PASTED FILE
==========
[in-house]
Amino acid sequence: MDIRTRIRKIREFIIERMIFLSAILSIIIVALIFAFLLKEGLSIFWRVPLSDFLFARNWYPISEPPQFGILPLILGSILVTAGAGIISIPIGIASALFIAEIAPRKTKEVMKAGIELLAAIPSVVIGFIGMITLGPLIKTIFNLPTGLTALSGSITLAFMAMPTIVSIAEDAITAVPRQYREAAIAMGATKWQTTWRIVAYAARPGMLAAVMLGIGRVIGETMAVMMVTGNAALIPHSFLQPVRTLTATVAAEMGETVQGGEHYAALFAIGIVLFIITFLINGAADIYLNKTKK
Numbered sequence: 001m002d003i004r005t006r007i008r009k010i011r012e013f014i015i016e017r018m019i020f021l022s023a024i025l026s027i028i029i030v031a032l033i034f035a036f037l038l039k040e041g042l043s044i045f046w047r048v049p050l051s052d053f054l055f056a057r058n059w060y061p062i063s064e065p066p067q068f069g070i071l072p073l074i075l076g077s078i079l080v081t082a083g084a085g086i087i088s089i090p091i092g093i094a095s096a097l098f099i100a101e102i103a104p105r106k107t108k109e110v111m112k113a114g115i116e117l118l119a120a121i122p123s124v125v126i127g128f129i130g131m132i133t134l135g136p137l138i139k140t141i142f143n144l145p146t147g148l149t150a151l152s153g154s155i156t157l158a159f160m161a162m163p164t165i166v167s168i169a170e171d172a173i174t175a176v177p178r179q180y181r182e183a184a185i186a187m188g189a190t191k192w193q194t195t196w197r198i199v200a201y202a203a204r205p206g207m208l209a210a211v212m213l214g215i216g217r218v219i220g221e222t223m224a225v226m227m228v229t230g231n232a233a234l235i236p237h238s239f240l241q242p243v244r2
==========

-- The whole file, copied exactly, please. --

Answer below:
[in-house]
Amino acid sequence: MDIRTRIRKIREFIIERMIFLSAILSIIIVALIFAFLLKEGLSIFWRVPLSDFLFARNWYPISEPPQFGILPLILGSILVTAGAGIISIPIGIASALFIAEIAPRKTKEVMKAGIELLAAIPSVVIGFIGMITLGPLIKTIFNLPTGLTALSGSITLAFMAMPTIVSIAEDAITAVPRQYREAAIAMGATKWQTTWRIVAYAARPGMLAAVMLGIGRVIGETMAVMMVTGNAALIPHSFLQPVRTLTATVAAEMGETVQGGEHYAALFAIGIVLFIITFLINGAADIYLNKTKK
Numbered sequence: 001m002d003i004r005t006r007i008r009k010i011r012e013f014i015i016e017r018m019i020f021l022s023a024i025l026s027i028i029i030v031a032l033i034f035a036f037l038l039k040e041g042l043s044i045f046w047r048v049p050l051s052d053f054l055f056a057r058n059w060y061p062i063s064e065p066p067q068f069g070i071l072p073l074i075l076g077s078i079l080v081t082a083g084a085g086i087i088s089i090p091i092g093i094a095s096a097l098f099i100a101e102i103a104p105r106k107t108k109e110v111m112k113a114g115i116e117l118l119a120a121i122p123s124v125v126i127g128f129i130g131m132i133t134l135g136p137l138i139k140t141i142f143n144l145p146t147g148l149t150a151l152s153g154s155i156t157l158a159f160m161a162m163p164t165i166v167s168i169a170e171d172a173i174t175a176v177p178r179q180y181r182e183a184a185i186a187m188g189a190t191k192w193q194t195t196w197r198i199v200a201y202a203a204r205p206g207m208l209a210a211v212m213l214g215i216g217r218v219i220g221e222t223m224a225v226m227m228v229t230g231n232a233a234l235i236p237h238s239f240l241q242p243v244r2